In Flint, fix the problem, not the blame
Forty-odd years ago, when I was in college, I worked in factories and warehouses, and there was a sign I saw posted in at least one of them:
“Fix the problem, not the blame.”
That was a good idea then, and still is now. Unfortunately, the Flint water crisis seems to have entered a new unhealthy phase that involves the exact opposite.
We’re moving from a combination of horror and compassion, to trying to fix the blame rather than the problem. Worse, some people out there are attempting to give this a partisan twist.
Ian Shetron a young conservative columnist from nearby Flushing says, "the lion’s share of responsibility rests with the city,” and claims Flint City Council by a 7 to 1 vote “decided to go to the Flint River as an interim water source.”
Well, there’s only one problem with that statement. It’s not true.
As the non-partisan Center for Michigan’s Truth Squad reported last weekend:
“The decision to use Flint River water was made by state-appointed emergency managers, not democratically-elected city officials.”
Nor did the Flint council, which at the time was powerless, even vote to ratify that decision.
Three years ago, they simply endorsed the decision to eventually connect the city to the proposed new Karegnondi Water Authority, which plans on using water from Lake Huron, just as Detroit does, once Karegnondi was built.
They never voted specifically on Flint River water.
But Shetron’s column is a model of integrity and statesmanship compared to a bizarre hate-filled rant in last week’s Dome Magazine by a former Republican lawmaker, Chuck Moss.
He blames “UAW Democrats” for everything that happened to Flint, which he calls a “run-down, African-American political stronghold."
The column also identifies the wrong emergency manager, a Snyder appointee who Moss also thinks is a “UAW Democrat,” as the one who made the decision to switch to Flint River water.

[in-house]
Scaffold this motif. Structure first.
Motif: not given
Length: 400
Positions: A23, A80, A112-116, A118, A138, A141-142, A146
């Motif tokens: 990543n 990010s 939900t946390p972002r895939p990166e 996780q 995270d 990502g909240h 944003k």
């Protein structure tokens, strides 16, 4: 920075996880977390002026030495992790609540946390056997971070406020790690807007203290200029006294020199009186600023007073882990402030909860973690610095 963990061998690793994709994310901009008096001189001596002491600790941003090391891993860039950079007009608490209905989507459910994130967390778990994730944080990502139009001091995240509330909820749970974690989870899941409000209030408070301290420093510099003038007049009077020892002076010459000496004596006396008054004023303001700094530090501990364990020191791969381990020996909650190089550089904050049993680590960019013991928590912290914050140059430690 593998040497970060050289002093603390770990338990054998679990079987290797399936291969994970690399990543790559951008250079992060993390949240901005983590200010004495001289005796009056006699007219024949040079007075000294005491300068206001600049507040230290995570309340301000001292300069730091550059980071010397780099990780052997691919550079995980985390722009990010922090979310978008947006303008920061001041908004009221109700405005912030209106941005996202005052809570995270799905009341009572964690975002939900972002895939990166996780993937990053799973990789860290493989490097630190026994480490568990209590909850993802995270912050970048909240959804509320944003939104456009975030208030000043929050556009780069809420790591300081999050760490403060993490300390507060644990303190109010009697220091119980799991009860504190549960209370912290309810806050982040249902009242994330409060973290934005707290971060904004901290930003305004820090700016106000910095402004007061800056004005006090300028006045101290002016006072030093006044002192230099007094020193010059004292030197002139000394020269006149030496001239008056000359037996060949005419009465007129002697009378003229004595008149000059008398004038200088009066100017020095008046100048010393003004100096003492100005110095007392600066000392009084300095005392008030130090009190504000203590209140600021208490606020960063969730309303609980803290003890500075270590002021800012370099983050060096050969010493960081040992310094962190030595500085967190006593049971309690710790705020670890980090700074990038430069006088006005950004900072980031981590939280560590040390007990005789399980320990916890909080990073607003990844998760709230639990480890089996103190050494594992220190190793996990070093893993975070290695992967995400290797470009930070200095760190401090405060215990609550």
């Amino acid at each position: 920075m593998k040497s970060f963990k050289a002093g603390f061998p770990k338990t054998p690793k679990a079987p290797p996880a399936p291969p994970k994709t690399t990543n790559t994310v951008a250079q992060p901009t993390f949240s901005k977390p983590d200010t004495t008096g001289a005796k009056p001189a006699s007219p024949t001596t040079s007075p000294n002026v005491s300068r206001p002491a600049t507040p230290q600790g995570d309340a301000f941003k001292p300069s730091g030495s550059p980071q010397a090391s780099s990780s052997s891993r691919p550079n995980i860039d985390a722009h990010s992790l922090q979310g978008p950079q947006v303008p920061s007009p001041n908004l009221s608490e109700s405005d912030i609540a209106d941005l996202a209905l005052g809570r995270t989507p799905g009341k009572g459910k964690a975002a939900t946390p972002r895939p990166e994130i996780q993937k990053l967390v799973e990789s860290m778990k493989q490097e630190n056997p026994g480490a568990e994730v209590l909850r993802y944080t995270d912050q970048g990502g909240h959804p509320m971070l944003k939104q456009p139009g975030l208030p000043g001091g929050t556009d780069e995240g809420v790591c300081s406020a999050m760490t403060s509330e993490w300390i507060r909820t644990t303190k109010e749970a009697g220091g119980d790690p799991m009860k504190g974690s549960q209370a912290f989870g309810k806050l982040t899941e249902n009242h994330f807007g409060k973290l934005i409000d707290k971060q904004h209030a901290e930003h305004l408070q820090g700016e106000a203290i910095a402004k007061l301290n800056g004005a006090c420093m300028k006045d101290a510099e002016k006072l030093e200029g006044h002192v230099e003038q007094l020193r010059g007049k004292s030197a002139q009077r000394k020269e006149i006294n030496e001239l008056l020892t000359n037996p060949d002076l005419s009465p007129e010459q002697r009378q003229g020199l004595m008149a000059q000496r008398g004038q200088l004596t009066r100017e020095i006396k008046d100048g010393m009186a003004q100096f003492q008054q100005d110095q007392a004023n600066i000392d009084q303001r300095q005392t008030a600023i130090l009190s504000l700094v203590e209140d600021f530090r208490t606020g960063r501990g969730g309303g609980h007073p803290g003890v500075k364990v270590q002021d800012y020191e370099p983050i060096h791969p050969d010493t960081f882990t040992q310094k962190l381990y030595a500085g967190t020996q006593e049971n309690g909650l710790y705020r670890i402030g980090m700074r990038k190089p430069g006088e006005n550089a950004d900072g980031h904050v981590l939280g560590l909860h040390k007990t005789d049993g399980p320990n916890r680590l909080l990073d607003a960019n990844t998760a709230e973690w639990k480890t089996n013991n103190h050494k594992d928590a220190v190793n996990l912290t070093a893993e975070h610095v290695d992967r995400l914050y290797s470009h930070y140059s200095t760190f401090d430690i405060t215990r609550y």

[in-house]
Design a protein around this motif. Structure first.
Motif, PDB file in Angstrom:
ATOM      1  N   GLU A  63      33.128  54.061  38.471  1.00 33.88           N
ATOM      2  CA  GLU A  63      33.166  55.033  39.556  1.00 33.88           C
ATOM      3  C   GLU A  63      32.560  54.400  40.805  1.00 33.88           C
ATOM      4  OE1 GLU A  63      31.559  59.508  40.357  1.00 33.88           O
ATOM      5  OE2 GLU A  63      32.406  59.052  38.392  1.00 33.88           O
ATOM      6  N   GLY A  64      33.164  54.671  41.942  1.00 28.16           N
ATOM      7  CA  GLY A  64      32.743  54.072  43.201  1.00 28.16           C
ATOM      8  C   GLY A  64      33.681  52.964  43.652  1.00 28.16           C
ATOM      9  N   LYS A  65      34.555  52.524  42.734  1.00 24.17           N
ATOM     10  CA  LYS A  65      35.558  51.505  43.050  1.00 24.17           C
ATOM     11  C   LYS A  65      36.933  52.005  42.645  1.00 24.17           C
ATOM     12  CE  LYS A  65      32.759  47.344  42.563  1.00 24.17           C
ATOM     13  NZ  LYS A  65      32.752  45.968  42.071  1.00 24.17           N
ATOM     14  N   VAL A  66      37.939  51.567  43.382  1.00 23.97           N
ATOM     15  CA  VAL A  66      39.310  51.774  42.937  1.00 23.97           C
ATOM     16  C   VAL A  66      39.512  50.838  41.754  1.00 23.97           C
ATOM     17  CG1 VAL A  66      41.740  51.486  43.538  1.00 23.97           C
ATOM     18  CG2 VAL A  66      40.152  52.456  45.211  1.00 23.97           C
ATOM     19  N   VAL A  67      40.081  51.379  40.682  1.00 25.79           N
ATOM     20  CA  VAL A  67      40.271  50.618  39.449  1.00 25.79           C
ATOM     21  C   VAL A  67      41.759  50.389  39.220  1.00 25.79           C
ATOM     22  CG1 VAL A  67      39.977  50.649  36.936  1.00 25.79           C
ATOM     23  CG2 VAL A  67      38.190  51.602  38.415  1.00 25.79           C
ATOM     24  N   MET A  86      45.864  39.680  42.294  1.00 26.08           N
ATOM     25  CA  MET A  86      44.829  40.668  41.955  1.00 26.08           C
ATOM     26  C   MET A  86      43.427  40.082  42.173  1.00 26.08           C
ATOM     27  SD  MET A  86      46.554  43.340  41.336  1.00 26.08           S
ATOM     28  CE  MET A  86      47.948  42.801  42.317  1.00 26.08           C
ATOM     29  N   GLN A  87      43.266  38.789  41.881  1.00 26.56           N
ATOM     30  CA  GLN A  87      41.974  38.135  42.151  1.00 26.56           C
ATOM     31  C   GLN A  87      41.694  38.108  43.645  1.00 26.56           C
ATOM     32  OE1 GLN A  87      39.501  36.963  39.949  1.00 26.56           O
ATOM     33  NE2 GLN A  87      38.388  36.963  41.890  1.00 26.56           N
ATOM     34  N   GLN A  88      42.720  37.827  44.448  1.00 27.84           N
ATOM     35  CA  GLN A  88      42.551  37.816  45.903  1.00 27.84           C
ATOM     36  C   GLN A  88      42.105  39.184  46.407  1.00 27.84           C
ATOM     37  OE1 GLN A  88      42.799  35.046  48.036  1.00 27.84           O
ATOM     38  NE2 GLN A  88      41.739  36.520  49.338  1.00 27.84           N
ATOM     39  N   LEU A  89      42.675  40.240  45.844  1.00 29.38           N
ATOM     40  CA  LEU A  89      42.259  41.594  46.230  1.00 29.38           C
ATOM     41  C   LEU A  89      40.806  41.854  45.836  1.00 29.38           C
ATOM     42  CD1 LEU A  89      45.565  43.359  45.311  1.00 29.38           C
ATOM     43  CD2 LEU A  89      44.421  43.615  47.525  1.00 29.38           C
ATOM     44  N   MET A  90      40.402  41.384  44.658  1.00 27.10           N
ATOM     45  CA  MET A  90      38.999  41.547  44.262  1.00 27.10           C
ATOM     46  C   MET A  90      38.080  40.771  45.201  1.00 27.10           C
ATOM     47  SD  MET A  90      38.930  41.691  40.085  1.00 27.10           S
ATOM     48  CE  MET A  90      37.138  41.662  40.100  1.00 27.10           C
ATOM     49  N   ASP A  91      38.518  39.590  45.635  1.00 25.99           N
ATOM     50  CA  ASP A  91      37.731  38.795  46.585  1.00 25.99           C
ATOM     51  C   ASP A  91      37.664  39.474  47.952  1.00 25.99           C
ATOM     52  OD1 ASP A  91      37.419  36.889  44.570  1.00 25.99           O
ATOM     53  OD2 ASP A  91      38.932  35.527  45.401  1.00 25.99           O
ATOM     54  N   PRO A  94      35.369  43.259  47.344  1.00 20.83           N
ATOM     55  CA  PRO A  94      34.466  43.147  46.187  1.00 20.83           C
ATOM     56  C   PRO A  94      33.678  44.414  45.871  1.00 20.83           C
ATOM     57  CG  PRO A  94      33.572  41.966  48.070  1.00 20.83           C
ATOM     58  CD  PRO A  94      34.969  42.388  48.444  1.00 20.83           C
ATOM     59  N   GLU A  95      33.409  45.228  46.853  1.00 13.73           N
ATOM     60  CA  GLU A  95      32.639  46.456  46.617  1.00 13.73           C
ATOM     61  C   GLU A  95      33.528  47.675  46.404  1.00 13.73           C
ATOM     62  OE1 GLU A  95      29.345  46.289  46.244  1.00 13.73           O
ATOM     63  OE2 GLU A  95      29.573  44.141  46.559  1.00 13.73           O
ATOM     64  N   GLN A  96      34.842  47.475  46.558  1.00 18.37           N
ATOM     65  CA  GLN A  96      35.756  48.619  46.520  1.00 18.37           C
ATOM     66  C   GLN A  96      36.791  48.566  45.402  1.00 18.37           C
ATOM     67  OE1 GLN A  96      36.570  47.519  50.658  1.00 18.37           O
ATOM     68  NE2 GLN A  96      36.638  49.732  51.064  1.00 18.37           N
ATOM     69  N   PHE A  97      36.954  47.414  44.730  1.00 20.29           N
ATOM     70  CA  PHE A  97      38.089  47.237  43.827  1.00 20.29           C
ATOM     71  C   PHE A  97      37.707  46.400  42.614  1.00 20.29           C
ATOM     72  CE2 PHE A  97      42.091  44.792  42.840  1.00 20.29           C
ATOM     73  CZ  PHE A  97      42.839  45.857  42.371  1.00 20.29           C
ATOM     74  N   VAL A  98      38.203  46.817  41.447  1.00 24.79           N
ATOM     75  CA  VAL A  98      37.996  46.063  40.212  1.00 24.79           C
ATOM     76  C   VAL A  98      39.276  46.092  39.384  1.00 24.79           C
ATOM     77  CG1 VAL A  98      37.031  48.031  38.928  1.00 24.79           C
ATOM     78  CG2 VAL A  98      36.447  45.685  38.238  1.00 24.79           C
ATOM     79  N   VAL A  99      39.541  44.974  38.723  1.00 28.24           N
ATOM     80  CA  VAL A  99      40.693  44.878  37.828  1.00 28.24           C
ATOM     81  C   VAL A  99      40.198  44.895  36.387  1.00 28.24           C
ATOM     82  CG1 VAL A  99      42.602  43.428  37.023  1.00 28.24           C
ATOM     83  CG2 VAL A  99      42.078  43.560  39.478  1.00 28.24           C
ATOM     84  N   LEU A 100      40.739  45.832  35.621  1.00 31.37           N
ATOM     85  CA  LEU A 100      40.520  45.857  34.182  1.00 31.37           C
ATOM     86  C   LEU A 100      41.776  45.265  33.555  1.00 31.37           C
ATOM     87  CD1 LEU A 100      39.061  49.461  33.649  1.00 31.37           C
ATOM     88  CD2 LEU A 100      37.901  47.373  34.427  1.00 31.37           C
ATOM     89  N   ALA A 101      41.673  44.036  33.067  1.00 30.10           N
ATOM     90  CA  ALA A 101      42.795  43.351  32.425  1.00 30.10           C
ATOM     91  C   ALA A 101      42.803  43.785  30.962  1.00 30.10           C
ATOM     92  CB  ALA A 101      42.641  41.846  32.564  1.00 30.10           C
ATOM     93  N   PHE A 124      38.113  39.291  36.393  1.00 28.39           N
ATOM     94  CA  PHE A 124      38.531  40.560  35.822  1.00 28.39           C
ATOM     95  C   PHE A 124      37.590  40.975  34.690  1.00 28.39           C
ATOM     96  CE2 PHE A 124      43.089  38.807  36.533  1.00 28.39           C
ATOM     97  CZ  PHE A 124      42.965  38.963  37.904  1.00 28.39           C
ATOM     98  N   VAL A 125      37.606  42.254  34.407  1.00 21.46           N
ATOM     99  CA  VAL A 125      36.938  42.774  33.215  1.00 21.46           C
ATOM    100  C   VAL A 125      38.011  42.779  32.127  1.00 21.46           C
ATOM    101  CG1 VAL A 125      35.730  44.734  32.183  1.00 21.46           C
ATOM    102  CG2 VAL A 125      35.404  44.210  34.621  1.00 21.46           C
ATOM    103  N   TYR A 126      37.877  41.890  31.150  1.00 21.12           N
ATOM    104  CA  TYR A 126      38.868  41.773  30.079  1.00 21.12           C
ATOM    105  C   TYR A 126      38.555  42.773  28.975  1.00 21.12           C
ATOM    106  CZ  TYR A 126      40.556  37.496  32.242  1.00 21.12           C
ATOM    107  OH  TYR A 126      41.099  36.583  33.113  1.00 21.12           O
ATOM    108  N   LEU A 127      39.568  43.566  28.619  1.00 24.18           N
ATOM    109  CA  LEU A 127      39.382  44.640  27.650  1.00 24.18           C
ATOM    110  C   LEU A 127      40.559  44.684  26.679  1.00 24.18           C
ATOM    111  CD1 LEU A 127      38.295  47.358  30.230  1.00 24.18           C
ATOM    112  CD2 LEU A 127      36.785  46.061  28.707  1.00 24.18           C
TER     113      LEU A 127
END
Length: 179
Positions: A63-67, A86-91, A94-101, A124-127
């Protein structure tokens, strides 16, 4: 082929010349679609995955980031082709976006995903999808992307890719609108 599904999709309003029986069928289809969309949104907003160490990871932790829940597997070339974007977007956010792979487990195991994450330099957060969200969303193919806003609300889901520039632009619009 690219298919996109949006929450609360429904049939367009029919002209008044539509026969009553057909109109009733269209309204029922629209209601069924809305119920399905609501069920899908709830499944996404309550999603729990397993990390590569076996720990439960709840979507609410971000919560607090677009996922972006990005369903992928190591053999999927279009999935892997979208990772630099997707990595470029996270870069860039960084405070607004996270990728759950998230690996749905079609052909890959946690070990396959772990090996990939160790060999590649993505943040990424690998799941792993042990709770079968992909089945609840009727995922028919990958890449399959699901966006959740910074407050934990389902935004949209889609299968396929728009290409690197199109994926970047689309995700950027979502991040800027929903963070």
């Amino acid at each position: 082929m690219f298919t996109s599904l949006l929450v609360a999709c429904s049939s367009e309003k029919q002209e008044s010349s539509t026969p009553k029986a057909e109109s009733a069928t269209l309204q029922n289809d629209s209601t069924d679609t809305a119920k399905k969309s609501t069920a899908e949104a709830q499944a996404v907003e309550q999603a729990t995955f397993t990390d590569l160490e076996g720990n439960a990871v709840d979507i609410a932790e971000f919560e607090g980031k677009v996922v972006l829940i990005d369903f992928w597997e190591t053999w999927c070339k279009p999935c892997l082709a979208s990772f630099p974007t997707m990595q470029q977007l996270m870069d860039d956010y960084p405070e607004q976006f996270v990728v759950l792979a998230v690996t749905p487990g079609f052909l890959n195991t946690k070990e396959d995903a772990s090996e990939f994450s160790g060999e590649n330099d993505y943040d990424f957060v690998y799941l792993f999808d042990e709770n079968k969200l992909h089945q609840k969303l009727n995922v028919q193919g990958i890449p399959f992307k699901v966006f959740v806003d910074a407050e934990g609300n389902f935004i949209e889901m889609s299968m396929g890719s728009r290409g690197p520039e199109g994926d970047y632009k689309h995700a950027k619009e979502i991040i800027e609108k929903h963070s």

Then just for good measure, Moss spelled the man’s name wrong.
Even Governor Snyder seemed to be getting into the pass-the-blame game. During his State of the State speech last Tuesday, he was statesman-like, accepting responsibility.
“I’m sorry most of all that I let you down,” he told Michigan. “You deserve better. You deserve accountability. You deserve to know the buck stops here with me.”
Well, taking it like a man lasted three days, before the governor went on MSNBC’s Morning Joe program.
Then, he blamed employees who worked for him for giving him bad information.
“The heads of the departments were not being given the right information by the quote-unquote experts,” he said, apparently meaning civil service employees.
Well, I guess Mr. Snyder has reason to feel rattled.
Think of it: One minute, prominent national figures are talking about you as a potential member of the next president’s cabinet – maybe even vice-president. The next, the cover of millions of copies of Time magazine were arriving on newsstands and in homes with this headline:
“Toxic water. Sick kids. And the incompetent leaders who betrayed Flint.”
Not easy to take. Still, it might be worthwhile remembering that both Ernest Hemingway and John F. Kennedy defined guts and political courage as “grace under pressure.”
Fixing Flint’s problem is the only way to deal with the blame.
Jack Lessenberry is Michigan Radio's political analyst. Views expressed in his essays are his own and do not necessarily reflect those of Michigan Radio, its management or the station licensee, The University of Michigan.